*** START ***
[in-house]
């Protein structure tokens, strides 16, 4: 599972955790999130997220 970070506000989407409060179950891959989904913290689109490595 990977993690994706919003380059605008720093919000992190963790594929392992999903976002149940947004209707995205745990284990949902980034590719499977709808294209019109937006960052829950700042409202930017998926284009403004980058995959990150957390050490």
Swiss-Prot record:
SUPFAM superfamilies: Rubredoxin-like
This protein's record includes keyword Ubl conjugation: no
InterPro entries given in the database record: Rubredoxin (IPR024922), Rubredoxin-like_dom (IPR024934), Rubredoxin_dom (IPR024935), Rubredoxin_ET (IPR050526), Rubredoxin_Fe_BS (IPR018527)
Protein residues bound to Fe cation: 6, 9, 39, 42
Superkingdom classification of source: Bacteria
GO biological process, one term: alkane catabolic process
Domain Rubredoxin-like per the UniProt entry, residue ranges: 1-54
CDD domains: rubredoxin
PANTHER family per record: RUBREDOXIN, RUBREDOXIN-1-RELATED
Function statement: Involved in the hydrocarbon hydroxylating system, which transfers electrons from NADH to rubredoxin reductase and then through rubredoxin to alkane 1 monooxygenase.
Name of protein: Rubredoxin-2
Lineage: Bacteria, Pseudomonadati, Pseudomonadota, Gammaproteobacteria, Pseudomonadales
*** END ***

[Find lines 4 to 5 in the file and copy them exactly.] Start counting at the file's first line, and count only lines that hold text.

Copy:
SUPFAM superfamilies: Rubredoxin-like
This protein's record includes keyword Ubl conjugation: no